“Whoosh, stirrrr, clunk, clunk,” fills the bedroom.
“What the hell,” Sal stirs from a starter sleep.
“Whoosh stirrrr, clunk, clunk,” the bed tremors.
“Shit, earthquake?” He sits up in his bed.
“Whoosh, stirrrr, clunk, clunk,” louder, closer, the bed shakes more violently.
Sal unwraps the covers from around him; blueish boxers are his only modesty. He sits up and knocks over the full ashtray next to him with no damage to the dull, spotty whites. It’s been a fitful night; an empty vodka bottle lays on the nightstand and the scent of stale cheap perfume hangs in the air. Old-school-repro, GI pin-up playing cards are strewn about the room, and the bathroom door is closed. An earthquake doesn’t make steam sounds. The nearest rail line is over 2 miles away, and it is not heavy enough to shake the motel.
“Whoosh, stirrrr, clunk, clunk,” a cloud blows into his room from under the door. Sal swings around facing it. The hollow plywood door shakes with a loud bang. Splinters and the knob fly in his direction, but he ducks, and remnants land at his feet. His mouth drops open, but a thick, hot cloud obscures any detail.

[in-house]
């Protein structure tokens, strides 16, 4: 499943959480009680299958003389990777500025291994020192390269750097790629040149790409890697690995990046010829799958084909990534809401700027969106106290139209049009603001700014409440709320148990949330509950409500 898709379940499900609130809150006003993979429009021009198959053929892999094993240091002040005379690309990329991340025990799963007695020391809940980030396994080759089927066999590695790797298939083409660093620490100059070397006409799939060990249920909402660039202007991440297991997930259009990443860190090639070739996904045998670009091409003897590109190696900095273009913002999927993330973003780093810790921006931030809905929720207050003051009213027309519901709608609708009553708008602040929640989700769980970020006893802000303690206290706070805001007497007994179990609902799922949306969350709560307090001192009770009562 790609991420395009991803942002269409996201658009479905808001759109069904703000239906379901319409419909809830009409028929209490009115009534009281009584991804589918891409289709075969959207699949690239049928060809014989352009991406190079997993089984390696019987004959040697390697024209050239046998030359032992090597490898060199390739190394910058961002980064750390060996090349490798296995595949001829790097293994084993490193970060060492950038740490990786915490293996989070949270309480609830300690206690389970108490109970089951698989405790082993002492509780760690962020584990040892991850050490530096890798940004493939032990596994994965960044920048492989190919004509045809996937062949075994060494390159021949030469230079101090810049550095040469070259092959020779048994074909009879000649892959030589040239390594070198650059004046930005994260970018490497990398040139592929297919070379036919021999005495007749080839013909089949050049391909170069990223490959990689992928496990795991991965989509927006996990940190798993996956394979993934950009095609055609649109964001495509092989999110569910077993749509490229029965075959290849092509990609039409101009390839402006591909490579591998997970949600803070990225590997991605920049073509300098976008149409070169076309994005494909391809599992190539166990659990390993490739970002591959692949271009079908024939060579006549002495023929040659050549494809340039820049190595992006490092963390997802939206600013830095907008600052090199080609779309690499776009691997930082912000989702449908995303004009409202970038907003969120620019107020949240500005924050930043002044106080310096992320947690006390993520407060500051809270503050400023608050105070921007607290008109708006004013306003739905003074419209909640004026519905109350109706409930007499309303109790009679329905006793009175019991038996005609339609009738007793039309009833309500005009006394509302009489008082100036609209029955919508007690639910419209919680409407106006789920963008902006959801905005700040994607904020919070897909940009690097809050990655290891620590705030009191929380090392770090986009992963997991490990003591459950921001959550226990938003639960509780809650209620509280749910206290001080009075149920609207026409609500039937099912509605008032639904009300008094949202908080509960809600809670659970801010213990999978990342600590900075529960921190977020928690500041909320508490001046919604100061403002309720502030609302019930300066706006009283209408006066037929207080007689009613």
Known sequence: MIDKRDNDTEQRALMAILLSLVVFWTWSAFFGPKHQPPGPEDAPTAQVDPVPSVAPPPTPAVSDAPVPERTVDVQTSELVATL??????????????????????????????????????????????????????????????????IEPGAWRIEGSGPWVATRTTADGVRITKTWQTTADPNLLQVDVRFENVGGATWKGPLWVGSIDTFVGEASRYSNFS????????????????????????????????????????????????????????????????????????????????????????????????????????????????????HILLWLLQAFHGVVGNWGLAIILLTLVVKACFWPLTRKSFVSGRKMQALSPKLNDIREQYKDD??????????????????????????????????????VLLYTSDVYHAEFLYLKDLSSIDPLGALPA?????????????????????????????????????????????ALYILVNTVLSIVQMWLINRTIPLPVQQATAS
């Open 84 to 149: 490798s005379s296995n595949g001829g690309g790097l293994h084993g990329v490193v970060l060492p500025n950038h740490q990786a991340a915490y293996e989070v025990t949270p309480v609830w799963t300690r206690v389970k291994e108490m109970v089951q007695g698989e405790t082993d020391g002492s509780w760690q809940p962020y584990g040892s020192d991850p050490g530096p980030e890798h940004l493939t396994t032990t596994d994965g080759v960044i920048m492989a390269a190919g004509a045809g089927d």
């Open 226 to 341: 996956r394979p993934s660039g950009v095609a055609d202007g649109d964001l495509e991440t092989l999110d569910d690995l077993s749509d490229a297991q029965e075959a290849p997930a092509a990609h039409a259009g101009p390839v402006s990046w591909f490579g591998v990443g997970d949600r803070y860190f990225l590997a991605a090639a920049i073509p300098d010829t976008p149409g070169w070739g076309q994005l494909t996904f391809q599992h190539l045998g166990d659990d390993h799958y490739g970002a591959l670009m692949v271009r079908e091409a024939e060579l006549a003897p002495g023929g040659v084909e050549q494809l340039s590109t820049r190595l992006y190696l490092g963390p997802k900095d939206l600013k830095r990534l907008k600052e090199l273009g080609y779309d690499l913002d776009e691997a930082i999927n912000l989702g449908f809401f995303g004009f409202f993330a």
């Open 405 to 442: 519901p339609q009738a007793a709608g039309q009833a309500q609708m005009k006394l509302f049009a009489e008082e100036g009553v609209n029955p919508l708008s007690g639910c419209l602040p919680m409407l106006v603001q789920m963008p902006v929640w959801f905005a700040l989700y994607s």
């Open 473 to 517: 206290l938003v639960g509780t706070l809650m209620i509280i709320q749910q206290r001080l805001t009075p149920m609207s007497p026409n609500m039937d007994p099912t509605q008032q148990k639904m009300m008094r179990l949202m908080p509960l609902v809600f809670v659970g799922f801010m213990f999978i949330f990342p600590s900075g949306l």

“Whoosh, stirrrr, clunk, clunk,” A crude stainless boot, and a thin leg in jeans with stainless cage wire incasing it, and pistons, rubber tubes, and Cat 5 emerges out of the mist. Sal can’t look away.
He raises his head. “Fuck me! Your dead,” he yells.
“Whoosh, stirrrr, snap, swoosh,” Sal’s body drops to the floor, nothing where his head use to be. It lands in the corner of the bedroom, nose pointed towards the bathroom, eyes and mouth still wide open. The strong smell of copper overwhelms the perfume.
“Whoosh, stirrrr, clunk, clunk,” the vapor sinks and dissipates as the sound moves away.
“Sal, Sal? What was that honey?” Genie opens the bathroom door, looks around at eye lever. Sal is one of her regulars. She is always good for a laugh and warm, sticky bennies against long dark nights.
“Sal?” She looks across the room and see his dead mug staring into her fake blues. Her mouth drops open. She looks down and sees Sal’s crumpled remains, and a deep red puddle of life’s bitter wine.
Genie screams. It’s the kind you only hear in B-horror films. Purse in hand, she doesn’t stop screaming until she rounds the last of three flights and is out onto Lombard. The clerk barely has time to look up and see a platinum, pink, barefoot flash hook around the fire hydrant on the corner, running towards Chestnut.
A standard issue black and white is parked a couple blocks away in the vicinity of Genie’s dash. The blue caps are having a coffee and shooting the dough with the owner of the Last Star Donut shop. Pale as a ghost and still flat out fast, Genie passes them, and the Chinese owner laughs out loud. Genie is her regular 4 a.m. double chocolate crueler, cigarette, and vitamin-D homogenized.
Genie’s a block away when the fun drains out of the blues’ faces, and they pursue, one on foot and the heavier one in the car.